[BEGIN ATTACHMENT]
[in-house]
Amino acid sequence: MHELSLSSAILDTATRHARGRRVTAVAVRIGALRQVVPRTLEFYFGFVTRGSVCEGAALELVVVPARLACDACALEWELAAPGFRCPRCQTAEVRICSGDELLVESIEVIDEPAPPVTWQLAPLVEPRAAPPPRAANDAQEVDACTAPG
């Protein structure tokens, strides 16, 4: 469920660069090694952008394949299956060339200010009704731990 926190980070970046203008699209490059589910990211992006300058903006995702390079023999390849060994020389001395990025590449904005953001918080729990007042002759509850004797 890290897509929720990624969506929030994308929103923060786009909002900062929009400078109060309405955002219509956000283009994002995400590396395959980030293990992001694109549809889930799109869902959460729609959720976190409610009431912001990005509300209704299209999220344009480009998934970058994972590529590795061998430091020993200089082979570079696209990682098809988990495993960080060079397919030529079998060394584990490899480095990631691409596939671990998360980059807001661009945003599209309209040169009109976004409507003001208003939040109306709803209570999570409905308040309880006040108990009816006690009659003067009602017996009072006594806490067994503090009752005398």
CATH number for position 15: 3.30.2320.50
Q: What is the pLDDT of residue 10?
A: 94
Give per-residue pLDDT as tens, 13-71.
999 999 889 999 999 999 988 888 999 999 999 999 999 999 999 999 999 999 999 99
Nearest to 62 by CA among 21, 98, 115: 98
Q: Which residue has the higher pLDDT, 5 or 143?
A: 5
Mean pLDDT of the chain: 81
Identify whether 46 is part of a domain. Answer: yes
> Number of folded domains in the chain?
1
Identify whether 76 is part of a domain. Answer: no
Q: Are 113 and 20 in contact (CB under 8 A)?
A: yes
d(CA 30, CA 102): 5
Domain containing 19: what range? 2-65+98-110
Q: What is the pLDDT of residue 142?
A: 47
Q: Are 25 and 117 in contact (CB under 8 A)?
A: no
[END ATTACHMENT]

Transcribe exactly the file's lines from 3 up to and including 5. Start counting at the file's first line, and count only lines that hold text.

């Protein structure tokens, strides 16, 4: 469920660069090694952008394949299956060339200010009704731990 926190980070970046203008699209490059589910990211992006300058903006995702390079023999390849060994020389001395990025590449904005953001918080729990007042002759509850004797 890290897509929720990624969506929030994308929103923060786009909002900062929009400078109060309405955002219509956000283009994002995400590396395959980030293990992001694109549809889930799109869902959460729609959720976190409610009431912001990005509300209704299209999220344009480009998934970058994972590529590795061998430091020993200089082979570079696209990682098809988990495993960080060079397919030529079998060394584990490899480095990631691409596939671990998360980059807001661009945003599209309209040169009109976004409507003001208003939040109306709803209570999570409905308040309880006040108990009816006690009659003067009602017996009072006594806490067994503090009752005398």
CATH number for position 15: 3.30.2320.50
Q: What is the pLDDT of residue 10?